This collaboration between Shannon Tweed and Andrew Stevens in their series of direct-to-video, erotic thrillers places more emphasis on the "thriller" than on the "erotic," probably not to the delight of Tweed's ardent admirers.
Moira Davis (Tweed) is trapped in a very unhappy marriage with a wheeler-dealer husband, Daniel (Joe Cortese), who terrorizes and brutalizes her. She's plagued by recurring erotic dreams about a handsome stranger. Her friend Melinda Ryan (Michelle Johnson) and a psychic (Stella Stevens) urge her
to leave Daniel and seek out the man of her dreams, but Moira is too afraid. Meanwhile, across town, Nick Richardson (Stevens) is obsessed with discovering the identity of the beautiful woman he's been dreaming about every night. Finally, Moira and Nick are drawn together. They quickly fall in
Moira decides to divorce Daniel, but first must get proof of his adultery with his secretary, Beverly (Rochelle Swanson). Instead though, she tapes him threatening to murder his employee because she stole some of his files. Moira hatches a plot to get away from Daniel forever, but unfortunately
he's gotten suspicious of her, and is having her followed. Moira gets the damning evidence she needs, but Daniel catches up to her with the intent to kill. Nick comes to her rescue--just in the nick of time, and kills Daniel.
In the last shot, Moira wakes up with a start. She's in bed next to Daniel. It was all just a dream.
Unlike most films of its genre, in which the plot just strings together opportunities for steamy disrobing, ILLICIT DREAMS' story is pretty good. With a psychic connection plot device right out of a soap opera, the potential existed for some trashy fun. Too bad actor-turned-auteur Andrew Stevens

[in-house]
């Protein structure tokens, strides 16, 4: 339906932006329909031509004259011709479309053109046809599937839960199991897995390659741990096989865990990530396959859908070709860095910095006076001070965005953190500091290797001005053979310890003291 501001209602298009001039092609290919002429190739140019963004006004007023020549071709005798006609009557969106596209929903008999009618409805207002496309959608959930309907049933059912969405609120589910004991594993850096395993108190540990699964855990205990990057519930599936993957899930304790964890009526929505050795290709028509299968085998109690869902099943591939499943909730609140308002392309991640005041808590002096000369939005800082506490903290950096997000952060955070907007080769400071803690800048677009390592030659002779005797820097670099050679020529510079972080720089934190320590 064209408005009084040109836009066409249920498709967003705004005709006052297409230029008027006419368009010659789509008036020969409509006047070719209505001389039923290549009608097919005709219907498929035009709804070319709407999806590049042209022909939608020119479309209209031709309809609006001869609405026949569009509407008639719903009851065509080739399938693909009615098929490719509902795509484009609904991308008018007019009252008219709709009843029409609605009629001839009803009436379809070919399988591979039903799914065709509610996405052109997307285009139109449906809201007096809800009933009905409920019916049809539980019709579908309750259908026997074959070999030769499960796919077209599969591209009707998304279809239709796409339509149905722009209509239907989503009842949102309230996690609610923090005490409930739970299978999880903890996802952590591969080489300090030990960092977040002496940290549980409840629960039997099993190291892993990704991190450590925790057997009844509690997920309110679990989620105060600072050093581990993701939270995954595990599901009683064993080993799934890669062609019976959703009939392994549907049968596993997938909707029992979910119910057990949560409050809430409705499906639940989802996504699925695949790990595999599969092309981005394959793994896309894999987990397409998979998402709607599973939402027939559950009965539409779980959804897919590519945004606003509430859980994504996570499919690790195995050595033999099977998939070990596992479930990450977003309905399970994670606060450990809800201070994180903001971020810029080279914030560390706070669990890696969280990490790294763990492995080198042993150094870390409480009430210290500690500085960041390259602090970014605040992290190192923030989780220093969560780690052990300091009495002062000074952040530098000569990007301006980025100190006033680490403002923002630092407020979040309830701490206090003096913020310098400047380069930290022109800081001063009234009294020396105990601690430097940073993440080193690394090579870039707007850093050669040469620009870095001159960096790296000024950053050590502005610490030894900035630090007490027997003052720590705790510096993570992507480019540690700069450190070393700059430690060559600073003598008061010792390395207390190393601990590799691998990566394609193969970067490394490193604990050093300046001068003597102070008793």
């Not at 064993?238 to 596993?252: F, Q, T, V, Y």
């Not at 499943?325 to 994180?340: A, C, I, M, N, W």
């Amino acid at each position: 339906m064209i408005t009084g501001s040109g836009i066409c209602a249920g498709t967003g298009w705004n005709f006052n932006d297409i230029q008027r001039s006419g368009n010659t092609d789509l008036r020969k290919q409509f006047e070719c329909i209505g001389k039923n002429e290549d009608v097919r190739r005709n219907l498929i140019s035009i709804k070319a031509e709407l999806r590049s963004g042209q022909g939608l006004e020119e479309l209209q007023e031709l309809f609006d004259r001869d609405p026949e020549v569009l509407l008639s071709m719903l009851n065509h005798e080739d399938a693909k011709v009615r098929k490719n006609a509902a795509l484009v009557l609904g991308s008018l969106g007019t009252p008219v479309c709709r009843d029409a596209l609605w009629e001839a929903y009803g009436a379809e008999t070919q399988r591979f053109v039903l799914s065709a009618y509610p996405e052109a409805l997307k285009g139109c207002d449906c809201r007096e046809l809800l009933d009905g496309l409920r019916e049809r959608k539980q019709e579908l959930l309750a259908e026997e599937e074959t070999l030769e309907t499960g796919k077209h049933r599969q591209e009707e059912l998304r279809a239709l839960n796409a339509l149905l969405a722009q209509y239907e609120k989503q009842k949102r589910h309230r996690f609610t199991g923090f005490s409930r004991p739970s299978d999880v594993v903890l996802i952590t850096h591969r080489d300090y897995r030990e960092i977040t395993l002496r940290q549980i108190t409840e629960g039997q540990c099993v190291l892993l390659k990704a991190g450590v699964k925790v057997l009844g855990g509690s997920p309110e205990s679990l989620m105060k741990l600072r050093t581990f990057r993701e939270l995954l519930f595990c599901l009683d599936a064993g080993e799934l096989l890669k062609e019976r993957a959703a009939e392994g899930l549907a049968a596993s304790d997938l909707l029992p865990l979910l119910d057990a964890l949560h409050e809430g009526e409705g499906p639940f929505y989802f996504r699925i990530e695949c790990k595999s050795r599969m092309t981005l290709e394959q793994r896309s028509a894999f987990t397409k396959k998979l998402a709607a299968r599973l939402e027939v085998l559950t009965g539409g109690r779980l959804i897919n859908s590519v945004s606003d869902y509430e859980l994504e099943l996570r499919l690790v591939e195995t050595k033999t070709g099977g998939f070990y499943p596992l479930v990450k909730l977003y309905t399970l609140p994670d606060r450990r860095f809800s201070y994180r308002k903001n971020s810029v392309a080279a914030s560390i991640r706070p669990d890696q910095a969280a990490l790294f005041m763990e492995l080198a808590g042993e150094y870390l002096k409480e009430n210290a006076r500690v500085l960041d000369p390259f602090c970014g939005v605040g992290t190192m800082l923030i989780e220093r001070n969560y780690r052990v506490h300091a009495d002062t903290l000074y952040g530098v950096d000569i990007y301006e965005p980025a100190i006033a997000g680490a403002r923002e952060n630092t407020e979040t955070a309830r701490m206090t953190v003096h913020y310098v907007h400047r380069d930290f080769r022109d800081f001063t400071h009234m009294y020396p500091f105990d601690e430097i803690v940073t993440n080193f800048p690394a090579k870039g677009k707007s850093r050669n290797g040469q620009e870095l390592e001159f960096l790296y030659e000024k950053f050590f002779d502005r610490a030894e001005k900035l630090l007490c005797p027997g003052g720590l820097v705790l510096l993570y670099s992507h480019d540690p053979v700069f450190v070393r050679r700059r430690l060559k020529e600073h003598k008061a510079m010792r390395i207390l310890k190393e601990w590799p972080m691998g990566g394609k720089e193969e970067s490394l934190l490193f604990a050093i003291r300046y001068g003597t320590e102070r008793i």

takes everything so seriously. One can almost hear the echo, "We're making a drama here people!" reverberating, along with his direction to "hurry up," over every scene. As Nick, the sensitive carpenter-sailing enthusiast-artist, Stevens is just too wimpy. The role needed a hairy behemoth (though
Stevens does sport a three day beard growth that Don Johnson made fashionable a decade ago). And Moira's victim status is so over-determined, the character comes off as insipid and pathetic, not any sort of heroine. Tweed, though, is empowered enough to limit her erotic participation to the bare
minimum of nudity and performance of ecstatic reaction shots. (Sexual situations, nudity, violence, profanity.)
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- Released: 1995
- Rating: NR
- Review: This collaboration between Shannon Tweed and Andrew Stevens in their series of direct-to-video, erotic thrillers places more emphasis on the "thriller" than on the "erotic," probably not to the delight of Tweed's ardent admirers. Moira Davis (Tweed) is tr… (more)